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Experiment 1 investigated gap detection for random and low-fluctuation noise (LFN) markers as a function of bandwidth (25–1600 Hz), level [40 or 75 dB sound pressure level (SPL)], and center frequency (500–4000 Hz). Gap thresholds for random noise improved as bandwidth increased from 25 to 1600 Hz, but there were only minor effects related to center frequency and level. For narrow bandwidths, thresholds were lower for LFN than random markers; this difference extended to higher bandwidths at the higher center frequencies and was particularly large at high stimulus level. Effects of frequency and level were broadly consistent with the idea that peripheral filtering can increase fluctuation in the encoded LFN stimulus. Experiment 2 tested gap detection for 200-Hz-wide noise bands centered on 2000 Hz, using high-pass maskers to examine spread of excitation effects. Such effects were absent or minor for random noise markers and the 40-dB-SPL LFN markers. In contrast, some high-pass maskers substantially worsened performance for the 75-dB-SPL LFN markers. These results were consistent with an interpretation that relatively acute gap detection for the high-level LFN gap markers resulted from spread of excitation to higher-frequency auditory filters where the magnitude and phase characteristics of the LFN stimuli are better preserved.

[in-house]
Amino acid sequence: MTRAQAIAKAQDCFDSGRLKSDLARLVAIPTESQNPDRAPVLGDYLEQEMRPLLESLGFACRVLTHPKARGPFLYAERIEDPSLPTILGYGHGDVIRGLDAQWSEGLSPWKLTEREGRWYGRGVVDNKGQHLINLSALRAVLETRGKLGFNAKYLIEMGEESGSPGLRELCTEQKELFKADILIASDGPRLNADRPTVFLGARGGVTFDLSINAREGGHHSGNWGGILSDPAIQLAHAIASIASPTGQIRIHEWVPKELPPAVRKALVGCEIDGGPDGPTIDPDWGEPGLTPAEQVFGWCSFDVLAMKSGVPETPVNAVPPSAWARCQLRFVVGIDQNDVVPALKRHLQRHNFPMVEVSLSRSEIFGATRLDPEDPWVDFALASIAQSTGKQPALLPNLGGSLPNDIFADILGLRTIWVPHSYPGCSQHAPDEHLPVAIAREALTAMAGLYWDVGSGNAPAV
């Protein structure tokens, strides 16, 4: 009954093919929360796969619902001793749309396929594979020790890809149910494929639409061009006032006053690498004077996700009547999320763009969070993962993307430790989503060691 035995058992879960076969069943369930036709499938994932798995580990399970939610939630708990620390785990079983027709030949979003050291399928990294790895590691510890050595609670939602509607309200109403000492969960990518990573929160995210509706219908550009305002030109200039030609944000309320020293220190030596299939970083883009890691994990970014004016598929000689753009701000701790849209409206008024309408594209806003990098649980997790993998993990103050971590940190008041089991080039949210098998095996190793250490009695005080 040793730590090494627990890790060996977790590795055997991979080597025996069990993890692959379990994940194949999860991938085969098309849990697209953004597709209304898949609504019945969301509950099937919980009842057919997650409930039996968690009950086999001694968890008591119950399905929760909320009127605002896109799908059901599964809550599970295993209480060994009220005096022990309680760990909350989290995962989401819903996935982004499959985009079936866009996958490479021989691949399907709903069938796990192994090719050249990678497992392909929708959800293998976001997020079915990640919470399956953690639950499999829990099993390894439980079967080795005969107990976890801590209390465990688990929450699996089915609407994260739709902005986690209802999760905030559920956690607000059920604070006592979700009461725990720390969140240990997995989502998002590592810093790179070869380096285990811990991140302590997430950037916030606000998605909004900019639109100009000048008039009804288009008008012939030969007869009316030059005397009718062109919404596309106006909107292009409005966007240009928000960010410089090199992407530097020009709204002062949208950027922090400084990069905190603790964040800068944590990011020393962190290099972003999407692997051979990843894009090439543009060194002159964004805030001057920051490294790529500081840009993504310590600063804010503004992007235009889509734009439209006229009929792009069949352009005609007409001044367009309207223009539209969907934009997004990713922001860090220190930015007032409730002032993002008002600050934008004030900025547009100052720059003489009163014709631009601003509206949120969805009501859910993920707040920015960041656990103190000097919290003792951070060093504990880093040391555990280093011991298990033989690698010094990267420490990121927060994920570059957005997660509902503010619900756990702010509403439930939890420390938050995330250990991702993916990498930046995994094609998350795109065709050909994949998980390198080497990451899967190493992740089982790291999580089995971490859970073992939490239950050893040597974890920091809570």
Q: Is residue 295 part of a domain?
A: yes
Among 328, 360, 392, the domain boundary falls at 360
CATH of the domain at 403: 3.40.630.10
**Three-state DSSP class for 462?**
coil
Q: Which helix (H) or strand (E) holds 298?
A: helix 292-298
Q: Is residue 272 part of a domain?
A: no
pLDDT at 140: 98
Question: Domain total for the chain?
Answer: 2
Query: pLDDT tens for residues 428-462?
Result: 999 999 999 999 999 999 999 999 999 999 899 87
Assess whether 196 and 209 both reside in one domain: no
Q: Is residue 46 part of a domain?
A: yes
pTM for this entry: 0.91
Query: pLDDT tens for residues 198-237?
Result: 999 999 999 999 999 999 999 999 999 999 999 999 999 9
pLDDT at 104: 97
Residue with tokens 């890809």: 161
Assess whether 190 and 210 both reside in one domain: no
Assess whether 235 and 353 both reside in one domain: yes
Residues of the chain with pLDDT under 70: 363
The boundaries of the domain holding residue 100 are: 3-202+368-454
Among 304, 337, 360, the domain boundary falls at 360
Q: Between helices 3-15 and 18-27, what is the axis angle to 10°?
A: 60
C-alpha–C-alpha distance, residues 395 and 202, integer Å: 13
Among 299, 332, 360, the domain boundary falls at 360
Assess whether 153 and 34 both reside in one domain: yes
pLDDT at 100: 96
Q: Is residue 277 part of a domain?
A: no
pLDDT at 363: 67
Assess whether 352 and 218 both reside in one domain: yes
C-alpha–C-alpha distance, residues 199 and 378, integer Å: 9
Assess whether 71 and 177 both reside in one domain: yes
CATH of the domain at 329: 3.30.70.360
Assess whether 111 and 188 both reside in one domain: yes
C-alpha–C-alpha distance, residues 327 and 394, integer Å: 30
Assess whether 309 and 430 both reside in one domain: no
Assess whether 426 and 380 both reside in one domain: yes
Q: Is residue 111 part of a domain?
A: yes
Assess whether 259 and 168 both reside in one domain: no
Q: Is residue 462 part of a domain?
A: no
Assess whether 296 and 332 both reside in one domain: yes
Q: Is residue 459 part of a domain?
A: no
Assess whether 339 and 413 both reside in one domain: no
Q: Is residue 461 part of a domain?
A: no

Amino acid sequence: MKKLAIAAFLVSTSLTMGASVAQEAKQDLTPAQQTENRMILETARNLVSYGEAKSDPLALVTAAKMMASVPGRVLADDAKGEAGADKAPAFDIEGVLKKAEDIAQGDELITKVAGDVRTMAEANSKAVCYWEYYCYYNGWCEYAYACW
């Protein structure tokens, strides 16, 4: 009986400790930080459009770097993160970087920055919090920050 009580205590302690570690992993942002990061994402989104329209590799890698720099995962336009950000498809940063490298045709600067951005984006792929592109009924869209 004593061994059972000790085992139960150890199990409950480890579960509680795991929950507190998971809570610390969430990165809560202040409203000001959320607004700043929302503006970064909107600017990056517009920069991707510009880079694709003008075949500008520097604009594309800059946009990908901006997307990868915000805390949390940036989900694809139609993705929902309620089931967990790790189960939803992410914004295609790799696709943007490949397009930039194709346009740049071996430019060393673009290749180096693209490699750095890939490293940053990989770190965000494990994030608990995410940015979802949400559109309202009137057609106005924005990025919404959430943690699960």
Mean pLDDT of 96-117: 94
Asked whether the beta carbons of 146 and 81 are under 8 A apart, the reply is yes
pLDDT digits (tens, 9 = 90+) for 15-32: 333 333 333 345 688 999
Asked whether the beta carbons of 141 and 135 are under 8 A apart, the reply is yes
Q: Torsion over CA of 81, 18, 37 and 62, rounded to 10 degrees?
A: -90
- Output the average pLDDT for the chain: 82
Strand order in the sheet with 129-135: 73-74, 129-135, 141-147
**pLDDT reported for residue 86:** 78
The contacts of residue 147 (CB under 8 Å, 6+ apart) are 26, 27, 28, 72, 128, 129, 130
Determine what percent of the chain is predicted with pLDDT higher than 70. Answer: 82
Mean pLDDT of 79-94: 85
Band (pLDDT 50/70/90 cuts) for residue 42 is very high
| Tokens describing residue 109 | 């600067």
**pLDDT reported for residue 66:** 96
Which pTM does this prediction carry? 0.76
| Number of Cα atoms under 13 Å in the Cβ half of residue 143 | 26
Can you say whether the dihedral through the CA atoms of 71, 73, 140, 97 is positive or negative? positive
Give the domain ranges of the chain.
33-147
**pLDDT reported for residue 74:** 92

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The Journal of the Acoustical Society of America, v. 139, issue 4, art. 1601

Copyright (2016) Acoustical Society of America. This article may be downloaded for personal use only. Any other use requires prior permission of the author and the Acoustical Society of America.

The following article appeared in The Journal of the Acoustical Society of America 139, 1601 (2016) and may be found at